In this chapter and the next I discuss two major sources of cohesion in multimodal texts and communicative events - composition in time, or rhythm, and composition in space, or layout. Rhythm provides cohesion in texts and communicative events that unfold over time - conversations, oral storytelling, music, acting, dance, film and television, etc. Layout provides cohesion in texts that are spatially organized - pages, screens, paintings, museum exhibits, buildings, cities, and so on. Some kinds of text combine the two types of organization. In films the composition of the shots and the arrangements of the sets and locations are spatially organized, while the action, the dialogue, the music and the other sounds are organized according to the rhythmic principles discussed in this chapter.
Apart from being the two single most important sources of cohesion in multimodal texts and communicative events, rhythm and layout have something else in common. They form the key link between semiotic articulation and the body. They are the 'life-blood' of semiotics. Rhythm is a basic biological given. Human action is by nature rhythmically co-ordinated, and, as micro-analytical studies have shown (see Hall, 1983), so are human interactions. As we act together and talk together we synchronize. The rhythms of our actions become as finely attuned to each other as the parts of different instruments in a musical performance. They have to be. If they were not, things would go drastically wrong. We would fall over ourselves and trip others up. Successful social action and interaction would become impossible. The same applies to layout. Our sense of layout derives from our sense of balance (see Arnheim, 1982). Layout is a matter of positioning things in or on a space -…a bit this way … a bit that way … just a little bit up here … just a little bit down there … etc. - until a sense of balance has been achieved so that the arrangement feels 'just right'. And balance is as fundamental as rhythm. Without it we fall down. Everything stops and action becomes impossible.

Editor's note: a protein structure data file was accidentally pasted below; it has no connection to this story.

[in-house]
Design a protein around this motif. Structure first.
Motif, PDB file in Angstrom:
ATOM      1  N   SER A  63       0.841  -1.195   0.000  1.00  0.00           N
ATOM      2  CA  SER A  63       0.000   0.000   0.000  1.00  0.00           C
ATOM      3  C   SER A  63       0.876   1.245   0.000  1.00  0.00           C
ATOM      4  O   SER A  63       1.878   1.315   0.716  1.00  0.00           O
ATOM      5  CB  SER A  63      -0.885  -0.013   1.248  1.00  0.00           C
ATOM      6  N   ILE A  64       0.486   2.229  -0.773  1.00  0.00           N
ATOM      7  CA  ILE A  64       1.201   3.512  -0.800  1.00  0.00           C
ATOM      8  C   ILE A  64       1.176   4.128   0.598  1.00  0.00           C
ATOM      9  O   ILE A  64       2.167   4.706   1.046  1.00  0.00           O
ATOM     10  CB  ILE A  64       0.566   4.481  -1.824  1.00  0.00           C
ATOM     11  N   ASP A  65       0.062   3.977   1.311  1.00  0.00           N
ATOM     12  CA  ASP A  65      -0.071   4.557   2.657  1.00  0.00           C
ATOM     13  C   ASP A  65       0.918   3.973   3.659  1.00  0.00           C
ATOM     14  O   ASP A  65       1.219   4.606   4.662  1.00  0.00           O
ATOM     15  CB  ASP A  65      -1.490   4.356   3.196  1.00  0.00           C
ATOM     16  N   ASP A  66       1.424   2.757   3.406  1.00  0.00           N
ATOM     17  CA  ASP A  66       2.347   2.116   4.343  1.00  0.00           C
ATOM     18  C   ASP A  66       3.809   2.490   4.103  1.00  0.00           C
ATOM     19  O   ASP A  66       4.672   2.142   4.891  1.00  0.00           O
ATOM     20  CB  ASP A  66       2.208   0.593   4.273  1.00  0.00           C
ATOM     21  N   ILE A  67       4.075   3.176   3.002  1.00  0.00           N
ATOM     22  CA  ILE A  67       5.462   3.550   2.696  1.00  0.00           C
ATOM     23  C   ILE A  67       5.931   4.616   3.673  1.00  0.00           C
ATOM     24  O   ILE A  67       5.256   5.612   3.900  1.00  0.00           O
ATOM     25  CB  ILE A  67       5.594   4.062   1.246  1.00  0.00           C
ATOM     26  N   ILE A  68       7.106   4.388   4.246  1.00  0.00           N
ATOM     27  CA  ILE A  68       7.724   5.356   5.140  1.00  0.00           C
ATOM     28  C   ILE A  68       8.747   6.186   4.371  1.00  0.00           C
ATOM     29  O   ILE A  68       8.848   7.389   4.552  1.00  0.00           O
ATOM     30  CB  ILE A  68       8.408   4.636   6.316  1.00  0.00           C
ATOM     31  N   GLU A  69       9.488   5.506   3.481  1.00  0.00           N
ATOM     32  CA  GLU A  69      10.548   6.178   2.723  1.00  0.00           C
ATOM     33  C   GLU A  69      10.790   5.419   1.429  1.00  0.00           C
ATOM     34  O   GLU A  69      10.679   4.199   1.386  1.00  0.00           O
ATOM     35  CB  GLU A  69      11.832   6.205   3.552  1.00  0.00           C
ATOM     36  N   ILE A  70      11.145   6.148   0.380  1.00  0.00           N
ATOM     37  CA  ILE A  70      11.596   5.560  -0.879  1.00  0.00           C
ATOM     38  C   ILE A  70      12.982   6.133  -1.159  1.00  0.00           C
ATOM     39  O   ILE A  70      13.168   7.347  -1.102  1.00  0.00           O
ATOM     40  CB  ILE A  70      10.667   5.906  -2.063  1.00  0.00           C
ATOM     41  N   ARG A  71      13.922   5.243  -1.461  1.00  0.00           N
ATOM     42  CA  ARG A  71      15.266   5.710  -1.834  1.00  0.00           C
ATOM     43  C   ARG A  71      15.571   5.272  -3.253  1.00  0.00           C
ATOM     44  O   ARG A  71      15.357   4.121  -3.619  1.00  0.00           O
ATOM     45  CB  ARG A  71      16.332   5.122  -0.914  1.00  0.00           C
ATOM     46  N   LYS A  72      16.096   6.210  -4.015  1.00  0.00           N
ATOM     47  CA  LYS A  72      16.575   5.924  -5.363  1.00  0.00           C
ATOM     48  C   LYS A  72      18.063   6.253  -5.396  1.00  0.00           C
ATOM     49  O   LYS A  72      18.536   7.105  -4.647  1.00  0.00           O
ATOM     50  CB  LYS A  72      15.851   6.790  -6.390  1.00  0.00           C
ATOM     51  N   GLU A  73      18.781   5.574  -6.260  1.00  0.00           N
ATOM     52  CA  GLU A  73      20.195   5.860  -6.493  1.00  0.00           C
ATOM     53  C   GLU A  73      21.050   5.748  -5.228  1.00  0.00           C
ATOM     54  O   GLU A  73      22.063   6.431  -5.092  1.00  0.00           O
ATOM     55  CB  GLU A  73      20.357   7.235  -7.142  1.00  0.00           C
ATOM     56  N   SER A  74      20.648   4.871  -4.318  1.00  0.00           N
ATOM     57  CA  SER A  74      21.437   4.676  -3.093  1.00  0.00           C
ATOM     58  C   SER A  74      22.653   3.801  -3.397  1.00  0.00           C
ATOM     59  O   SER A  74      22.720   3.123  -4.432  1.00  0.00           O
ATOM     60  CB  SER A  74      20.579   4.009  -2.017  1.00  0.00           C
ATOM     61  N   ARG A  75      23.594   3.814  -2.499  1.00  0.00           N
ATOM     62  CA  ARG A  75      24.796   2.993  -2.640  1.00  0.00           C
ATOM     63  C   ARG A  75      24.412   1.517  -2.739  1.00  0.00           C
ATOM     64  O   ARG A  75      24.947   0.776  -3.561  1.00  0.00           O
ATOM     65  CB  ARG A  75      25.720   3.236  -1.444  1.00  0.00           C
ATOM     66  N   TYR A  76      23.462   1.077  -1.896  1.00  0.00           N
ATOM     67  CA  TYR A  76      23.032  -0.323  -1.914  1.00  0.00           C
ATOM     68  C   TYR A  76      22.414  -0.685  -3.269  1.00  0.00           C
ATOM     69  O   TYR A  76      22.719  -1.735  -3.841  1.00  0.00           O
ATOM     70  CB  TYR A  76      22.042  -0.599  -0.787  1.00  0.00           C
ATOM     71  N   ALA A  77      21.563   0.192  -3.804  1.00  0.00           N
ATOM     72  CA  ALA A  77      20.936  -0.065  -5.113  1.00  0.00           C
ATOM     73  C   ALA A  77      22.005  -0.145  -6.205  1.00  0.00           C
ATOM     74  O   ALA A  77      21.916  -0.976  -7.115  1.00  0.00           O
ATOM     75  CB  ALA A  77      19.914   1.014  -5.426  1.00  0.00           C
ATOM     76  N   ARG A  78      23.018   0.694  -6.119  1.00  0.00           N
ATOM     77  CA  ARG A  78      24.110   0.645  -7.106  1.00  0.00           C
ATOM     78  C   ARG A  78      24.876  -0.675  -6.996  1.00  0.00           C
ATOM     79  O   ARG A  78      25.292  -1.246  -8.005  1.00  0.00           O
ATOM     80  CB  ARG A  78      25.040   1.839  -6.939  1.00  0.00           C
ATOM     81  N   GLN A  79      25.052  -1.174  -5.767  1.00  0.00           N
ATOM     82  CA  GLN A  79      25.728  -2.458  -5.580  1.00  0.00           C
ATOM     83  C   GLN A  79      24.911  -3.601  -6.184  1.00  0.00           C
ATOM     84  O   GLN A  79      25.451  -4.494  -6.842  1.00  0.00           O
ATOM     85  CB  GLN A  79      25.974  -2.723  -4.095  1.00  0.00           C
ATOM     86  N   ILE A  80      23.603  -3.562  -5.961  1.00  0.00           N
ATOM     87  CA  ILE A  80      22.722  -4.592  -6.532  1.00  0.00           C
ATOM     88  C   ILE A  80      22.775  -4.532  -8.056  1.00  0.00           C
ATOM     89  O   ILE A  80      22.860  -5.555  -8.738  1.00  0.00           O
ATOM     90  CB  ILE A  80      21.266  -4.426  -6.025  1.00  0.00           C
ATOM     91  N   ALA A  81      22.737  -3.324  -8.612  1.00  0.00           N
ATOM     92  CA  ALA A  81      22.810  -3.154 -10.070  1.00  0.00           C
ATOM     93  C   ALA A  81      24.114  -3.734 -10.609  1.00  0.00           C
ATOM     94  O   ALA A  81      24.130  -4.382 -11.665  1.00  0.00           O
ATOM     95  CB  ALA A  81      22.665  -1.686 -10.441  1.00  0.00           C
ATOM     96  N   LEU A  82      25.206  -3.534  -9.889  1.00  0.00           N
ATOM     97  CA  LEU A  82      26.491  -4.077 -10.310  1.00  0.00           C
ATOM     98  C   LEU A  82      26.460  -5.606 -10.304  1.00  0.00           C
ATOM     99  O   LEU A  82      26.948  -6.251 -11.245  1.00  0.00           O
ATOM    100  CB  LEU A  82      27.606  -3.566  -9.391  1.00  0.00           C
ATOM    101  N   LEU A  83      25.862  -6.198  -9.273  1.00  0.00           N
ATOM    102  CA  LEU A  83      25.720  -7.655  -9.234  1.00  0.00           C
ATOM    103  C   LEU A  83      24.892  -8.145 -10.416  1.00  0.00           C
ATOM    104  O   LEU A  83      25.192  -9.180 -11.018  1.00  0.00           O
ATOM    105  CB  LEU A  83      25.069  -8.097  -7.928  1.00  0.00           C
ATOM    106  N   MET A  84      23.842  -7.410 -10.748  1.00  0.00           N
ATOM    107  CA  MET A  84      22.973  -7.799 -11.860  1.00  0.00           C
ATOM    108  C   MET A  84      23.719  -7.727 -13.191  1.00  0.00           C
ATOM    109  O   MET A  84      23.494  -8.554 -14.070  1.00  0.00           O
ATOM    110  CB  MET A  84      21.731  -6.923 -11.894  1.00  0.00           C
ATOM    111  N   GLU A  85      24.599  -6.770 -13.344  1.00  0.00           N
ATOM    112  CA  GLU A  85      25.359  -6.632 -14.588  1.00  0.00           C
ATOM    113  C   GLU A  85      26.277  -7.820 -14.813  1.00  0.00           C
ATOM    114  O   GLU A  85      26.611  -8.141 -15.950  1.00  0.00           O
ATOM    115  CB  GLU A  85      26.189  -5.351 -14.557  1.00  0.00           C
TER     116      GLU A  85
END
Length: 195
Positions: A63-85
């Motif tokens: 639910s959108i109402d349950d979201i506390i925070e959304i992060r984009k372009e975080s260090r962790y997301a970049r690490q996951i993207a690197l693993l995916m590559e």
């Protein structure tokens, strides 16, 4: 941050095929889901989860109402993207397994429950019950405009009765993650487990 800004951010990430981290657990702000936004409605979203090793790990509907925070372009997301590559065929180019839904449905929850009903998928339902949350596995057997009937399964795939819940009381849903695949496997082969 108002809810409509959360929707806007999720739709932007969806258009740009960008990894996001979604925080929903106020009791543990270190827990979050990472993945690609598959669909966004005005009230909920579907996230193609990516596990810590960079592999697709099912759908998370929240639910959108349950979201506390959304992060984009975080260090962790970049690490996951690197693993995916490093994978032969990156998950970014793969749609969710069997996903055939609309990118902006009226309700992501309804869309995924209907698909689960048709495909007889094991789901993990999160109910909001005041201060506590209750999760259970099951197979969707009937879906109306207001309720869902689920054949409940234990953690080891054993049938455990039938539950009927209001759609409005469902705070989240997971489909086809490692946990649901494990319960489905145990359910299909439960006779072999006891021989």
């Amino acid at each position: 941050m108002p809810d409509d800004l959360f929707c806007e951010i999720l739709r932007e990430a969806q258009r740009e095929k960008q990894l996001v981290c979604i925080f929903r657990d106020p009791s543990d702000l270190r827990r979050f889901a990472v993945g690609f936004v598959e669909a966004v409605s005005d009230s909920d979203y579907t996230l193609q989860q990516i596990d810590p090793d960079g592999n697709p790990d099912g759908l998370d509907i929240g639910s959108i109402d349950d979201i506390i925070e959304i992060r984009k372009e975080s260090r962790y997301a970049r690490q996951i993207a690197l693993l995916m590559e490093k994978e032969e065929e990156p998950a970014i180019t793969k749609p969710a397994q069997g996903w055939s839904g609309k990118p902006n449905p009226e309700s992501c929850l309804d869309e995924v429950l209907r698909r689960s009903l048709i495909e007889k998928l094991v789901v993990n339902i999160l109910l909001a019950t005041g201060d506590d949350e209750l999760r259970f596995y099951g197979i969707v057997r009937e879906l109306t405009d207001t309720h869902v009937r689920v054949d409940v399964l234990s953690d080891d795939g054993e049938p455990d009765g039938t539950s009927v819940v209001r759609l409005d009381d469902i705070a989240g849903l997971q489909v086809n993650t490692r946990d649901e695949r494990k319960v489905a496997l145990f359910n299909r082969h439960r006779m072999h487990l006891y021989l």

Perhaps terms like 'organizing', 'structuring' and 'providing cohesion' are not really appropriate here. Rhythm does not just provide some kind of formal structure, some kind of scaffolding to keep the text from collapsing, or some kind of cement to hold it together. It also plays an indispensable part in getting the message across. The old Ella Fitzgerald song has it right: 'It don't mean a thing if it ain't got that swing.' As well as that, rhythm is indispensable in fusing together the meanings expressed in and through the different semiotic modes that enter into the multimodal composition, for instance the meanings expressed by the action, the dialogue, the music and the other sounds in films. As I will show in the next chapter, all this is equally true of layout. But I will start with rhythm, trying to show just how it does its work of organizing (and 'vitalizing', blowing life into) texts and communicative events.